Boston: Fans keep classic rock band going after 27 years
Saturday, July 26, 2003

By Matthew Miller
NOISE

Guitarist Gary Pihl has been playing with Boston for 16 years, and he hasn't gotten tired of "More Than a Feeling."

"With any song, (you say) how long can you play this song and still want to play it," he said in a recent phone interview, "but every time we play it people respond to it.

"If I had to play the song every day alone in my basement, I'd get tired of it," he went on, "but you see people singing along, holding up the lighters it's touching. They're singing along because it means something. They've got memories. It's like, this is the emotion, and they're reliving it."

And Boston helps them relive it, even though most of the current members weren't there for band's glory days themselves.

It's something you might call the Washington's Axe Effect, in reference to the axe in the old schoolroom story. The axe, the story goes, had its handle replaced, then its head, until no part of it was original anymore. But it sat in a museum where Washington's axe was supposed to sit, so people treated it like the genuine article.

If Boston never became a symbolic place-holder for another band called Boston, it's because the band was always mostly a child of one man's vision and because that man, guitarist and studio wizard Tom Scholz, has been there all along.

It was Scholz who spent years in his basement studio tinkering with the songs from the first album. It was Scholz who pioneered the arena rock sound, combining anthemic, melodically layered hard rock with slick production techniques. It was Scholz whose perfectionism --and his other career as an inventor, and his charity work --lead the band to record only five albums in 27 years.

Corporate America, released last year, is the latest, and it's undeniably Boston. The epic arena-rock sound is still pretty much intact. The production is polished. Scholz's guitar leads have the same calculated soar they did in the '70s.

It's not what you might call classic Boston, though. In part, that's a bad thing, insofar as Scholz's style of arena rock isn't entirely fresh 20 odd years after.

In part, though, it's just a different thing. Scholz has trod down a few new paths, to mixed success. He's also allowed members of the band's latest incarnation --which includes Pihl, original lead singer Brad Delp, who left the band in 1989 but rejoined in 1994; singer Fran Cosmo, who replaced Delp on 1994's Walk On; guitarist Anthony Cosmo, who is Fran Cosmo's son; and bassist Kimberly Dahme --to make their mark on the music.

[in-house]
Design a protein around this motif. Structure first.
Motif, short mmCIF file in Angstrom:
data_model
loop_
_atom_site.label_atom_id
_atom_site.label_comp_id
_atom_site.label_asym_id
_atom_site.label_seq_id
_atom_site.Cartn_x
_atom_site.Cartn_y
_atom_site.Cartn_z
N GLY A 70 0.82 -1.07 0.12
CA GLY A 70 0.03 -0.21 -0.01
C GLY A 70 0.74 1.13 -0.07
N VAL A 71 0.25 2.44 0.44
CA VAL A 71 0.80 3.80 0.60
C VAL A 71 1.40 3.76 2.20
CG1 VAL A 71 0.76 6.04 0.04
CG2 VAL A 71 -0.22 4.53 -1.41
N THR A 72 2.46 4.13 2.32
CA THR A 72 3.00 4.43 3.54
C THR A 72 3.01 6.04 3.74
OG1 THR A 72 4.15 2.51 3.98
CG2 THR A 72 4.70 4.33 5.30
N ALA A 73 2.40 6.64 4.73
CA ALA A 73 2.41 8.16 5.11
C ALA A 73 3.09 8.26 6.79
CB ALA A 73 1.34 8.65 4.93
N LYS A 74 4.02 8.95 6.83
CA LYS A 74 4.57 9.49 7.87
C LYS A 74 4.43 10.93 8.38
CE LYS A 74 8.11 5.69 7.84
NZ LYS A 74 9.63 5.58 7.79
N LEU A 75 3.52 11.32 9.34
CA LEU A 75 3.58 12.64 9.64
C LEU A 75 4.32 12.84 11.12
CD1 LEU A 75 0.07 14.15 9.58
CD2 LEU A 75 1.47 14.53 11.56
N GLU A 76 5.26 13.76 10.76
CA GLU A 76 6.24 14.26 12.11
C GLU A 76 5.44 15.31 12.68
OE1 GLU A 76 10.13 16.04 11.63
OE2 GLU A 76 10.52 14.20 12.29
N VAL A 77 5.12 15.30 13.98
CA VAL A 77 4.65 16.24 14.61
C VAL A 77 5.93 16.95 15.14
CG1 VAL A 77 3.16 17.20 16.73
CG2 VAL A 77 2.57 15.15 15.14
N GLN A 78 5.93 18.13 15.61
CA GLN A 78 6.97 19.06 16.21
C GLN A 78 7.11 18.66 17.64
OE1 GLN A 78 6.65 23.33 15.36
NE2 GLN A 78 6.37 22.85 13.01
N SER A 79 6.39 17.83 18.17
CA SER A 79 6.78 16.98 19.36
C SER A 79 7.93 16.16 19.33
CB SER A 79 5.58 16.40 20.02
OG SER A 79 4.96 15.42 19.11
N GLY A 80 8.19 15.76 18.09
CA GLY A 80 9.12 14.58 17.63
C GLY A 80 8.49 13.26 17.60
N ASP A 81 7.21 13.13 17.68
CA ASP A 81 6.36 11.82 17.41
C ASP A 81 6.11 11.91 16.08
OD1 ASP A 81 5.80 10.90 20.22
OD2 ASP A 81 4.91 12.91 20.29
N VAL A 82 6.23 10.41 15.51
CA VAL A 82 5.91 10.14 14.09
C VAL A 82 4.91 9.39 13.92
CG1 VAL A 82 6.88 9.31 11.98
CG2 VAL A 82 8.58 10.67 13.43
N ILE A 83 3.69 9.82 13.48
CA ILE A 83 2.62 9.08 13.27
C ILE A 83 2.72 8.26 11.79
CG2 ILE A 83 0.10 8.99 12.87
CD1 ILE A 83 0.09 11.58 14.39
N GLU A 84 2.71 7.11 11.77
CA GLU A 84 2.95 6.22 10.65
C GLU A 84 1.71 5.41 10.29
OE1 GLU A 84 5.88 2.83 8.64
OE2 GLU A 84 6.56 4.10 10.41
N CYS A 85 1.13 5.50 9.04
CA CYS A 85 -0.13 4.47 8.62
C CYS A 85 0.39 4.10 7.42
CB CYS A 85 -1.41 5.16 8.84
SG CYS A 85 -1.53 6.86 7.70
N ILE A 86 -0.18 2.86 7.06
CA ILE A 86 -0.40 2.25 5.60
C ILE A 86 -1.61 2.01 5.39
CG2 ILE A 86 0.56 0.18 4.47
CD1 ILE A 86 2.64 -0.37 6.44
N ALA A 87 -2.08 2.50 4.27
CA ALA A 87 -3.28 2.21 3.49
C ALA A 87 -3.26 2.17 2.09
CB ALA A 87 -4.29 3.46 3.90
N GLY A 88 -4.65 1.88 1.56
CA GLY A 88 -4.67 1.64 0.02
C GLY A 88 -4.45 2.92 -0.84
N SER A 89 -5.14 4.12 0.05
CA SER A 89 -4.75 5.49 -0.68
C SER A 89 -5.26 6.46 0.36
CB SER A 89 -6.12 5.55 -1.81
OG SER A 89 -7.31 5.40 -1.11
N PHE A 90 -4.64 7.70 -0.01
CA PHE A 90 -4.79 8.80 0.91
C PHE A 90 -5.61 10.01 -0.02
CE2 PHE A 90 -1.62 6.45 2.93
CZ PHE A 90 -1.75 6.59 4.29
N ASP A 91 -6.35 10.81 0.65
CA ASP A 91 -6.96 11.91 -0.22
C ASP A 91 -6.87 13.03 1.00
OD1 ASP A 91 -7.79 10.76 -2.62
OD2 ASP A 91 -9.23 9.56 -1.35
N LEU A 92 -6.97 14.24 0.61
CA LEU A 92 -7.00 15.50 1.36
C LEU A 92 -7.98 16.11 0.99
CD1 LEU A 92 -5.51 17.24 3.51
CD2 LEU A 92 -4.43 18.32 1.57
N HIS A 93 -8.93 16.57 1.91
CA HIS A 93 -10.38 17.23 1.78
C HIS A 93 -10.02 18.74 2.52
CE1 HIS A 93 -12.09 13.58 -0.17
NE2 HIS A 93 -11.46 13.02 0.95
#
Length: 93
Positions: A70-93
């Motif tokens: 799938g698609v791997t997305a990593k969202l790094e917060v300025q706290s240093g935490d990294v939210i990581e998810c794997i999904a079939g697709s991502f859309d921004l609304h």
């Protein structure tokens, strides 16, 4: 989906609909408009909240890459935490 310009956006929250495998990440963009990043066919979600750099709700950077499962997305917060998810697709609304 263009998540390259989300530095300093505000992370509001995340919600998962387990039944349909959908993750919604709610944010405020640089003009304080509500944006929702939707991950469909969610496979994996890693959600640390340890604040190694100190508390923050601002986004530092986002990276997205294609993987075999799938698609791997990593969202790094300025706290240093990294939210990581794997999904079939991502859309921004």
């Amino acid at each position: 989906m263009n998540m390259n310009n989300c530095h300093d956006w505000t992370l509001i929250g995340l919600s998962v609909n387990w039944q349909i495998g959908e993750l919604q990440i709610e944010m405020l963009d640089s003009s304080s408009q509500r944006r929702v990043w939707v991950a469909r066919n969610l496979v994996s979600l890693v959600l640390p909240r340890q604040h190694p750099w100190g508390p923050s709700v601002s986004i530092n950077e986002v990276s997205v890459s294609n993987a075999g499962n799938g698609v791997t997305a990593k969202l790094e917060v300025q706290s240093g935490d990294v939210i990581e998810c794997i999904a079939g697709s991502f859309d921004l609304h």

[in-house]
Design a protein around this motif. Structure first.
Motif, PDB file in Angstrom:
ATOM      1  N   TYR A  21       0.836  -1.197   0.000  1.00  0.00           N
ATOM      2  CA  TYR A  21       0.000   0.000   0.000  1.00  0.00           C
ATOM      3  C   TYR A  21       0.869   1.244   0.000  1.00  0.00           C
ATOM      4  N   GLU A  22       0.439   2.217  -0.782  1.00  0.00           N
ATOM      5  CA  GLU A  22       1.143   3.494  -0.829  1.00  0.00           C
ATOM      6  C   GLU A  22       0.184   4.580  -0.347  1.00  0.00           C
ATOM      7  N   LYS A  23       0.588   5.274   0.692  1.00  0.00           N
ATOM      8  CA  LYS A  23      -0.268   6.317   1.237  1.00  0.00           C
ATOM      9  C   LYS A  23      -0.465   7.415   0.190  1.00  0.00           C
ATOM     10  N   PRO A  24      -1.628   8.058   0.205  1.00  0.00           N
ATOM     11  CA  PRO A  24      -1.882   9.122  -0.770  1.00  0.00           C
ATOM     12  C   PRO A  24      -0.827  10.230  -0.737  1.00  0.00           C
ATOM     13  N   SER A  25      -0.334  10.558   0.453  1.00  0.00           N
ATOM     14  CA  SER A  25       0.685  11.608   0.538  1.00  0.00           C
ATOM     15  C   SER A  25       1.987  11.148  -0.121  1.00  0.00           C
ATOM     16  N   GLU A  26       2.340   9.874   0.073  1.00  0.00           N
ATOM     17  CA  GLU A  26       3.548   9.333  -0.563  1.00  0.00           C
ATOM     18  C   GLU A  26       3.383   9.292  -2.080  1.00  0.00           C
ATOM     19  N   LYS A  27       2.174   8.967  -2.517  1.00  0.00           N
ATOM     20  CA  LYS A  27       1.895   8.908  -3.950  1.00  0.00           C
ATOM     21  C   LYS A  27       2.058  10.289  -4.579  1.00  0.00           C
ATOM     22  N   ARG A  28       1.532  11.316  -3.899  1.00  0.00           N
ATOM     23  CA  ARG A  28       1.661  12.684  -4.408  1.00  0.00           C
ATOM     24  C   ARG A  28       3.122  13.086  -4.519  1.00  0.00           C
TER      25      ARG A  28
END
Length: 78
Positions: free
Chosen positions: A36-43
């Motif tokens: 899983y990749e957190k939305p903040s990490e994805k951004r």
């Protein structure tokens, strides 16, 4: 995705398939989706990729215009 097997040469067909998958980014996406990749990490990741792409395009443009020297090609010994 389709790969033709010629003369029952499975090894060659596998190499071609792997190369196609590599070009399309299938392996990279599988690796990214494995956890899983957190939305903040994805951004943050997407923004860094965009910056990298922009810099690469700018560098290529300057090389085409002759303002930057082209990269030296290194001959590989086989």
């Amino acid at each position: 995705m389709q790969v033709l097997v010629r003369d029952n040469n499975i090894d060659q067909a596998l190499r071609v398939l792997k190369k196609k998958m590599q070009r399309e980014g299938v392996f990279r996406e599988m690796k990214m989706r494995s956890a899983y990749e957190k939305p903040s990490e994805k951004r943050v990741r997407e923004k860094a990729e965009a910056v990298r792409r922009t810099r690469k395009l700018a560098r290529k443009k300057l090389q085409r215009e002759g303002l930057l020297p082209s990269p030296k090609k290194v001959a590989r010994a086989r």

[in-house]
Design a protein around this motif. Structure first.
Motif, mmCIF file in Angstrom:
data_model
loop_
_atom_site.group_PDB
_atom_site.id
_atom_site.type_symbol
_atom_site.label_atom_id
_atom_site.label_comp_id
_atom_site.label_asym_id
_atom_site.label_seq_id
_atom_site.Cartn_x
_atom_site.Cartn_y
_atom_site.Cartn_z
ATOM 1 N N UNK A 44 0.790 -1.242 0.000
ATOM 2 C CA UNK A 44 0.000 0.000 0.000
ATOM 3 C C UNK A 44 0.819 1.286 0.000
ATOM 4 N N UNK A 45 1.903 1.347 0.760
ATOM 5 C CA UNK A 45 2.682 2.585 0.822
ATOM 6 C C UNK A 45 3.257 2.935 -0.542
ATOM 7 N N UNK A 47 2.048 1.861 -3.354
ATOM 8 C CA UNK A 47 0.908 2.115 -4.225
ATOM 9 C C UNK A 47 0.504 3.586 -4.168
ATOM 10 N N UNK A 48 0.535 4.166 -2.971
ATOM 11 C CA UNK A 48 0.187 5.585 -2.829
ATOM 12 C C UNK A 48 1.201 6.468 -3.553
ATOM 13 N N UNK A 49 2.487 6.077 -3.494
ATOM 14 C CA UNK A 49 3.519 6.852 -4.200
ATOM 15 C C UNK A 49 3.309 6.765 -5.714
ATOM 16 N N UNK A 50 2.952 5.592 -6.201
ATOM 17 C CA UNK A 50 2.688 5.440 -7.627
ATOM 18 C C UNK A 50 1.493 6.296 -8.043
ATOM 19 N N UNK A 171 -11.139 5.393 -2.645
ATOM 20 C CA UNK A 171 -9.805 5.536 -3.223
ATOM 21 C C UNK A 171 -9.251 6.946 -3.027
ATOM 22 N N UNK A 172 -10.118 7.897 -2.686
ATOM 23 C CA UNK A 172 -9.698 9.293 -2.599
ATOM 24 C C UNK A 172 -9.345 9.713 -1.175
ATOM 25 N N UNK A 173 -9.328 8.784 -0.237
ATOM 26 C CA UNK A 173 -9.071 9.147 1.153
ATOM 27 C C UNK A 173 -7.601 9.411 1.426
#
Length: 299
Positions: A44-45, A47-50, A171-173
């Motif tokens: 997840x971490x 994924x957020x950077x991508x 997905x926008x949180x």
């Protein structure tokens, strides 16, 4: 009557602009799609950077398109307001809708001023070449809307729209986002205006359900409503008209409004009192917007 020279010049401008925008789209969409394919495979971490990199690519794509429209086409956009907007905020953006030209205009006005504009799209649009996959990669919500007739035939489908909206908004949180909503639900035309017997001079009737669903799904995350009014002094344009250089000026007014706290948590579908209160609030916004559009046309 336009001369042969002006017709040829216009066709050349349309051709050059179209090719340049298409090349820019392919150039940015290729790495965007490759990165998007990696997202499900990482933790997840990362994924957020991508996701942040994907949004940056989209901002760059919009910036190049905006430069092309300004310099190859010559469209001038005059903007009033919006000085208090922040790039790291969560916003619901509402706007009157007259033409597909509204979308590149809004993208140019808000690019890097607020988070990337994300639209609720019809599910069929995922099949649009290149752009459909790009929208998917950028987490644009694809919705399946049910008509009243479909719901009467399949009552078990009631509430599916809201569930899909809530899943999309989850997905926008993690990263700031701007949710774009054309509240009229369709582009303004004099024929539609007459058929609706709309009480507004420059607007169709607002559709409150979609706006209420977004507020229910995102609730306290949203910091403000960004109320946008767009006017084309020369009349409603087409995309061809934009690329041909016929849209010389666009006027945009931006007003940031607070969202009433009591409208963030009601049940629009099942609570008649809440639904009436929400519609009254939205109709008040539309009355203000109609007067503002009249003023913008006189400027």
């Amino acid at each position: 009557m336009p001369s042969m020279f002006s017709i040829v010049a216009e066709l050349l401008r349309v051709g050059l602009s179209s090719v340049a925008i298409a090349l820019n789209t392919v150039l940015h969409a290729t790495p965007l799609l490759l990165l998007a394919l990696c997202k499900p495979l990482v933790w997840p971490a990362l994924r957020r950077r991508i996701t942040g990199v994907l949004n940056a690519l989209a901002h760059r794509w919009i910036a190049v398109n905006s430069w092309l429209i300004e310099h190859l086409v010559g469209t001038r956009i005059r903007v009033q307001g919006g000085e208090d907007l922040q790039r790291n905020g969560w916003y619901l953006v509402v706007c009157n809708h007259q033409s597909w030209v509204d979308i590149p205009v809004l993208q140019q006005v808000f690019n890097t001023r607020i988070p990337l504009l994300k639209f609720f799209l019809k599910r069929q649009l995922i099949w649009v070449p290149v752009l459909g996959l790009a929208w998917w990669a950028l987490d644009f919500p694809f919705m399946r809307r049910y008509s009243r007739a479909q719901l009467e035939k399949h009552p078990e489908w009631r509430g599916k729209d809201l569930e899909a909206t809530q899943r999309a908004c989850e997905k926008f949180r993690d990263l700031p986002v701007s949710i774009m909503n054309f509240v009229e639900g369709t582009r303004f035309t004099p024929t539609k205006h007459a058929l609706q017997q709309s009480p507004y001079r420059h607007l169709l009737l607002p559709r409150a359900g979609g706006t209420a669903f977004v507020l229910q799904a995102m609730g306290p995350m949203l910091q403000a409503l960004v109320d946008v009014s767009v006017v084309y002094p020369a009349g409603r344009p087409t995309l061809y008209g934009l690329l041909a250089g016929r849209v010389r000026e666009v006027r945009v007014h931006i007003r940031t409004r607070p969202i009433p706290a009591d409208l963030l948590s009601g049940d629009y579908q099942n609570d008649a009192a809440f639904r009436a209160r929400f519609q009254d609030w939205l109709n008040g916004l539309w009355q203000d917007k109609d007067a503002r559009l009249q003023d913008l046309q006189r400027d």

It's made for an album that's more varied than some of the band's earlier releases. There are a couple of songs, penned by Anthony Cosmo, that have a modern rock vibe to them, and "With You," penned by Dahme, sounds like understated pop country.

Given Boston's current place in the pop rock universe, given that their cultural cache comes more from past work than from recent material, it's something of a brave move.

At least, Pihl, a former guitarist for Sammy Hagar, seems to think so.

"I'm glad to say that Tom didn't just want to make the first record over and over again," he said in a recent phone interview. "I've seen bands try to do that. He's always evolving and changing."

And he's letting the other members of the band drive some of that evolution.

"If you look at the credits (on Corporate America), Anthony and Kim have songwriting credits, and, when we're working on songs, he's very open to new ideas. It makes it a pleasure to work with the guy."

Somewhere along the line, any incarnation of Boston is going to have face up to the band's legacy. They're going to have to play "Don't Look Back." They'll have to play "Peace of Mind." But Pihl said the band's history hasn't been a burden. If Boston were the sort of band that toured every summer, if they were the sort of band that just showed up to trot out their old hits and collect a paycheck, it would be different.

The fact that the band is still making new music, still moving forward, "puts it in a different category," he said.

"We certainly want to play the old songs," he said, "but it's a great thing to play new songs and see people respond to them for the first time. It reminds me of the old days playing clubs. You write a new song, and you can't wait for Friday night to go out and play it."
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